Europe’s financial crisis has been a major concern for several years; however some economists suggest they may be exiting their fiscal issues soon. For instance, Switzerland appears to have escaped its recessionary bonds and may begin to show growth again. Sir Martin Sorrell, CEO at WPP Group and noted British businessman, said, “I think the answer is yes-ish. There are two Europes. There’s a Western Europe and there’s an Eastern Europe. I’m very bullish about Eastern Europe,” which includes Germany, Poland and Russia. German economist Axel Weber said, “Everyone expects the eurozone to grow, so that’s good. After several years of crisis, it’s quite normal to look on the bright side of things, to get excited about improvements. It may be too one-sided of a view.”

WEAK JOBLESS CLAIMS SUPPORTS GOLD

The Gold price overturned Wednesday’s losses on Thursday as a weaker U.S. dollar and a flat jobless claims report indicated economic growth is not as robust as predicted. Federal Reserve policymakers look to employment numbers as an overall gauge of domestic economic growth and use the data to determine the future of their quantitative easing (QE) program. This week’s downward revision of jobless claims projections marks the second week in a row that employment expectations were altered. As next week’s Federal Open Market Committee meeting approaches, jobs data will remain central to Fed officials’ decision to perpetuate QE or not.

GOLD PRODUCTION TO BE CUT IN 2014

As U.S. investors look to employment numbers, stock momentum and the Federal Reserve to gain insight into the future of Precious Metals prices, last year’s price drop has affected production of physical Gold. “The miners were mining at the highest possible cost because the Gold price was going up and when it stopped going up, they had to reduce that. So that means that they will mine less Gold,” Peter Hambro, chairman of Russian Gold mining company Petropavlovsk, said. With smaller scale mining operations closing up shop, larger firms like Petropavlovsk are cutting production back significantly this year. The diminished supply of physical Gold prompted Reuters to predict the yellow metal would be unable to slip much below current levels.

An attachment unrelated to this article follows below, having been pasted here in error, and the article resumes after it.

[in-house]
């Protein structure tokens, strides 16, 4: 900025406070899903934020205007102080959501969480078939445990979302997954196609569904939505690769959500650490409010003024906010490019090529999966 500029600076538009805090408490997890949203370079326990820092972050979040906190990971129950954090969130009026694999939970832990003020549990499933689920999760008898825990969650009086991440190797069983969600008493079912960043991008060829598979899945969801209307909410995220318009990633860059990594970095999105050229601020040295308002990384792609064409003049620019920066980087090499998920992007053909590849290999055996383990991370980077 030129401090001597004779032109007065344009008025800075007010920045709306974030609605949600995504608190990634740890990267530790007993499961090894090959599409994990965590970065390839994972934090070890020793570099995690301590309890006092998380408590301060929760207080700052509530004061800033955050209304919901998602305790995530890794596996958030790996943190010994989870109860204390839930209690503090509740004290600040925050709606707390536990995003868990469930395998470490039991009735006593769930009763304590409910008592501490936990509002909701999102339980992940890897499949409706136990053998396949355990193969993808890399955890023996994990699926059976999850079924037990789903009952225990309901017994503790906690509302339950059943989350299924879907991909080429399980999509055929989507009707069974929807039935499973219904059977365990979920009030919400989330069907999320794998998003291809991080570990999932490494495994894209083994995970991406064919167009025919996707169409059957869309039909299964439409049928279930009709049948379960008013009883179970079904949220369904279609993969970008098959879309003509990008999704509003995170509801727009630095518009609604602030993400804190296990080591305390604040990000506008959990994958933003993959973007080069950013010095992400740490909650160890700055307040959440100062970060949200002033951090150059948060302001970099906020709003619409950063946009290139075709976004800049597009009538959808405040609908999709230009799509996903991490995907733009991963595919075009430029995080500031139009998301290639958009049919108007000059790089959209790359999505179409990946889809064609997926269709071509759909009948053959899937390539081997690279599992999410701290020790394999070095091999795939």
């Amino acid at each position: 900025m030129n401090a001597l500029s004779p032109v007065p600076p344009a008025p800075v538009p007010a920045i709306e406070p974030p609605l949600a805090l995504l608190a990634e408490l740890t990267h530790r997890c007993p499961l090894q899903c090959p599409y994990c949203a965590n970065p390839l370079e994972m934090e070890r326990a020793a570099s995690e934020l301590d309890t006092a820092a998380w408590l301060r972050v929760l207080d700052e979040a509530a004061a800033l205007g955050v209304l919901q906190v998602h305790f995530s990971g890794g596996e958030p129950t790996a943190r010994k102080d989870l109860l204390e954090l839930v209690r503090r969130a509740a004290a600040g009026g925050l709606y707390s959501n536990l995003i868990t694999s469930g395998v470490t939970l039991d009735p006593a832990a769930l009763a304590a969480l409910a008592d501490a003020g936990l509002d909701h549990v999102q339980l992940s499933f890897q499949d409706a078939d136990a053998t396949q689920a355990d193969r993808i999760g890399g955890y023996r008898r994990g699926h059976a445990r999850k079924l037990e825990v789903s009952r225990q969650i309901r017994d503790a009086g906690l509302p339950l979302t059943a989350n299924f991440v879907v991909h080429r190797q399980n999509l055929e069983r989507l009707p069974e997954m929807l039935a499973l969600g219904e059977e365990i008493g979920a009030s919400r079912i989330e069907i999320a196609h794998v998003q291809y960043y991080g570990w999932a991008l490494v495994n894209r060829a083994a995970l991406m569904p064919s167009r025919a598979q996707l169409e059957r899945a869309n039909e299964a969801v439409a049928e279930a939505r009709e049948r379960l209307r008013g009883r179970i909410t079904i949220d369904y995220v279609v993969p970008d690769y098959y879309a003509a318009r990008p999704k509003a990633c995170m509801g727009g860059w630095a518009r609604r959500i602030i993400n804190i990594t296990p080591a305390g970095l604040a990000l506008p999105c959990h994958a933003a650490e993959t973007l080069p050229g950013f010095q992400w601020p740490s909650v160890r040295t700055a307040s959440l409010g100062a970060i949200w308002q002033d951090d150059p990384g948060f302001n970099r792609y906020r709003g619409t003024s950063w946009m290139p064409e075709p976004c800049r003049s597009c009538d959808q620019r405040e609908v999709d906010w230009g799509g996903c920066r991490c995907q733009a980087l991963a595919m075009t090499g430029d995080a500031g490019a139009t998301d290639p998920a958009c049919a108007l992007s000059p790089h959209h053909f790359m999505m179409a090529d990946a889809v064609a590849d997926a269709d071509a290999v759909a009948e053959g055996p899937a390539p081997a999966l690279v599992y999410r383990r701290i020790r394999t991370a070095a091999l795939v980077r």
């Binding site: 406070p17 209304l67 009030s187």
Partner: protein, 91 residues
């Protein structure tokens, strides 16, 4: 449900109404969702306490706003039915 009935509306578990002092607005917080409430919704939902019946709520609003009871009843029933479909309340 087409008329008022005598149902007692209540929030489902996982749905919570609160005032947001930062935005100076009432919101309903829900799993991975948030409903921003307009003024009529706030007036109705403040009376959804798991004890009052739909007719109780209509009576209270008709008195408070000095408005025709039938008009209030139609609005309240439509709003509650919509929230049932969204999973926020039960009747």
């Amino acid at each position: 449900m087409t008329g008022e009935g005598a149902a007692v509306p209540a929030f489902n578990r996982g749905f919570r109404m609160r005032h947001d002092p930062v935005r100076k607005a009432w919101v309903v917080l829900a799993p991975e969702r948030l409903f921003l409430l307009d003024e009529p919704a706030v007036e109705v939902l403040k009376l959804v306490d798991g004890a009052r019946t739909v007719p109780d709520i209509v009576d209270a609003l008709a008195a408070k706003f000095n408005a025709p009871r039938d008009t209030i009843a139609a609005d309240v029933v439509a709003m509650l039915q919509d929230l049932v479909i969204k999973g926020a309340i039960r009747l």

GOLD TRADING FLAT, STILL SET FOR FIFTH STRAIGHT WEEKLY GAIN

Precious Metals prices took a slight pullback Friday, though Gold was still poised for its fifth straight weekly gain. Even with today’s decline, an approaching Fed meeting and speculation that India will lower its import duty, many investors still have a positive outlook on Gold. Jeffrey Wright, managing director at H.C. Wainwright, said, “The existing pullback in equities markets has led to some ‘safe-haven’ buying, the potential for an increase in Gold imports to India if they lower the import duty, along with efforts in Europe to continue their own quantitative-easing policies are all supportive of Gold at the present time.”

 

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End of week Gold and Silver report

 

Gold waited all week for direction: